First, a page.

This isn't the first book I've read on the Salem witchcraft hysteria but I'm afraid it isn't the best. It sets out to try to be modern and snazzy in its constant comparing of 17th century life with modern idioms and ways, with references to 'The Wizard of Oz', Harry Potter and umpteen other facets of 20th and 21st century living. These might be intended to make the situation more understandable to a modern reader but are anachronistic, because people from a Puritan background at that time and place didn't have the same mental frame of reference. It would have been far better to have given a lucid account of what people did actually believe and what their faith involved, to make it understandable why everyone believed in witches, even those accused or those who criticised the court proceedings.

The book treats the witch accounts as real, to the extent of an opening description of a broomstick flight by a couple of the women who later confess when the accusations start flying, which comes across as being a bit too arch and clever somehow. There is also a lot of speculation about how people thought/felt which doesn't actually have evidence underlying it, and some vagueness which seems unnecessary - for example, at one point it's said that someone sent to New York for opinions from ministers there, phrased as if it isn't known who, whereas another book on the subject I am currently reading clearly states their identity and the circumstances. If it's a key point, why not say who it was; otherwise, leave it out altogether.

Similarly, there's confusion about the building in which the Parris family live in 1692 - when the (later accused) minister George Burroughs brings his family to the village as the second minister to serve the community (Parris is the fourth), they have to live with the Putnams rather than moving into the minister's house. The author doesn't seem to know that the reason is that a house was being built for them - as another book makes clear, the original minister's house was given to the first incumbent who rented it out after eventually leaving the village, and the villagers have to donate more land and build another house for Burroughs and his family to occupy. Things like this make it seem as if the writer couldn't be bothered to read the sources.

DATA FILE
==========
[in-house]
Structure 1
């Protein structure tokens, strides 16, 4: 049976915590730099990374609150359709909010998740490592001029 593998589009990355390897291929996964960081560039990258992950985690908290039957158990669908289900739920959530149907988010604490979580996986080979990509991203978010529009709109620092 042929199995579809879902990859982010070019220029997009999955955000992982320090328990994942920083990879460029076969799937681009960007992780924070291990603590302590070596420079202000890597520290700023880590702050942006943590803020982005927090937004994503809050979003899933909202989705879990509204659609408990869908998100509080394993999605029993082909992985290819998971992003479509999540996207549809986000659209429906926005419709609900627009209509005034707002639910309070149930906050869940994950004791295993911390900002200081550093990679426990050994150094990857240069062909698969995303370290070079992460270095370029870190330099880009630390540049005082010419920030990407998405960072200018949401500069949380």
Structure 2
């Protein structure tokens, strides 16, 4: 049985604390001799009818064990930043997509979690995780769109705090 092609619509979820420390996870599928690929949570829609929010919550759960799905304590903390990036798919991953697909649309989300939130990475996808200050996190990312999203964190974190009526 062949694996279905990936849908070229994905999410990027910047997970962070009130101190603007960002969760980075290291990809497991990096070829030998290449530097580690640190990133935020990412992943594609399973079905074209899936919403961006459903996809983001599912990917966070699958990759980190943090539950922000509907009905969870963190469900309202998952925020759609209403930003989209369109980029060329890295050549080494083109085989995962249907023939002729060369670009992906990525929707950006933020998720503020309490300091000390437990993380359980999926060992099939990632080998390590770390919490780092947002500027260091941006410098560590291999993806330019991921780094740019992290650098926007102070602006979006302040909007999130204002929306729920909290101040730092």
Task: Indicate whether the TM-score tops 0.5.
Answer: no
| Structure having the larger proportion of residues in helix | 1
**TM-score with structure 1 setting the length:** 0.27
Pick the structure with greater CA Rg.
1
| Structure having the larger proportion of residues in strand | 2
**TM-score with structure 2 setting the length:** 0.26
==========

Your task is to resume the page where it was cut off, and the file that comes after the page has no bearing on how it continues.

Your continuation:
There is some interesting information about the wars with the French and their Native American allies which formed a frightening background for the inhabitants of New England, as people were being killed in raids all during the period. The analysis of the political factions is also scene setting as is the conflict between Salem Villagers and their successive ministers. The writer gives us a lot about the way the famous Mathers, father and son, both ministers in Boston, had to tiptoe around the influential men who were the Justices so that even when they constantly cautioned them against accepting spectral evidence, the Mathers undercut their warnings by hedging them with statements that of course the judges were worthy, honest, pious men who couldn't possibly have got it wrong in listening to such testimony and sending people to the gallows. Cotton Mather in particular, who never attended the trials, comes across as very self serving and a lot of other authority figures do not cover themselves in glory either. So the book has something to commend it and provides some ideas of why the tragedy occurred, but the style of this thick tome, full of analogy to modern attitudes and cultural icons, means that it is quite difficult to draw this together in the reader's mind. ( )
  kitsune_reader | Nov 23, 2023 |